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Articles Tagged Danny Graves 

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For someone with an ERA of 8.71, Danny Graves makes an awful lot of noise. Also sounding off are Gary Sheffield on the World Cup, Fay Vincent on today's game, and Johnny Damon on the magnitude of...Johnny Damon.

"They know how much I want to come back. Hopefully, they don't use it to their advantage and disrespect me with a minimum of years and minimum of salary. I'm 31 now. [Jason] Varitek just turned 33 and they had no problem giving a catcher a four-year contract [worth $40 million], so I have a valid point there."
--Red Sox center fielder Johnny Damon, who's a free agent after this year (Boston Globe)

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June 16, 2005 12:00 am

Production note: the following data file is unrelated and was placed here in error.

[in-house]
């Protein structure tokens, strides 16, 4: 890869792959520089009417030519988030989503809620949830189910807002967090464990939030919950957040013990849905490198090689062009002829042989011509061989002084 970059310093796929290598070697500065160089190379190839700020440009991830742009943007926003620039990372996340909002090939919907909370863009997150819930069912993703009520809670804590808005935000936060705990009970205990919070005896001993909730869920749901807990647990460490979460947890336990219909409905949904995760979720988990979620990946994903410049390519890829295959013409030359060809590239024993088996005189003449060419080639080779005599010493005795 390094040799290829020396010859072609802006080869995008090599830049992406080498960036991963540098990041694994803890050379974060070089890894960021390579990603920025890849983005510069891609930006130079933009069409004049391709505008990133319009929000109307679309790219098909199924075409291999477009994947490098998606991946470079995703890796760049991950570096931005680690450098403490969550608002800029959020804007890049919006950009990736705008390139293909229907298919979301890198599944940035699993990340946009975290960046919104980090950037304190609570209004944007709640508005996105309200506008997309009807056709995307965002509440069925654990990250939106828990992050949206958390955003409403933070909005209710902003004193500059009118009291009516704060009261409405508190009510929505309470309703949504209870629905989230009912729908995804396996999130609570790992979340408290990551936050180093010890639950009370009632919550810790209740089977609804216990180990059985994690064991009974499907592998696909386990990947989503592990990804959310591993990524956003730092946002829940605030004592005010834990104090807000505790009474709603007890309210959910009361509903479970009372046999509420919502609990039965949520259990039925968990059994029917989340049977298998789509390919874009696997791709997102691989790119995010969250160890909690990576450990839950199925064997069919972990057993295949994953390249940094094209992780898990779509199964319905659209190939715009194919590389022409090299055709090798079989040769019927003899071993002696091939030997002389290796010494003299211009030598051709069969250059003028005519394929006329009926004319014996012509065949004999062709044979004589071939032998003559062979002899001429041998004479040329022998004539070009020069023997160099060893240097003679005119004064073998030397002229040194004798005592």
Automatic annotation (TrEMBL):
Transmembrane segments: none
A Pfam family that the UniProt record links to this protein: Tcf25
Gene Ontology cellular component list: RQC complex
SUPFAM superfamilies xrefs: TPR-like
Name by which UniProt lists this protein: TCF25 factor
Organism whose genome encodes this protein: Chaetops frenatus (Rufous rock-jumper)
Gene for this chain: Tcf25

Transaction Analysis: May 24-June 12, 2005

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Christina Kahrl

The Cubs shuffle through pitching options, the Brewers have one of the most interesting rosters in the game, and the Dodgers fight through injuries as they try to stay in the race. This and much more in Transaction Analysis.

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March 23, 2005 12:00 am

Prospectus Today: Building a Team, v3.0

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Joe Sheehan

Or "How To Move Out of 18th Place in an 18-Team League."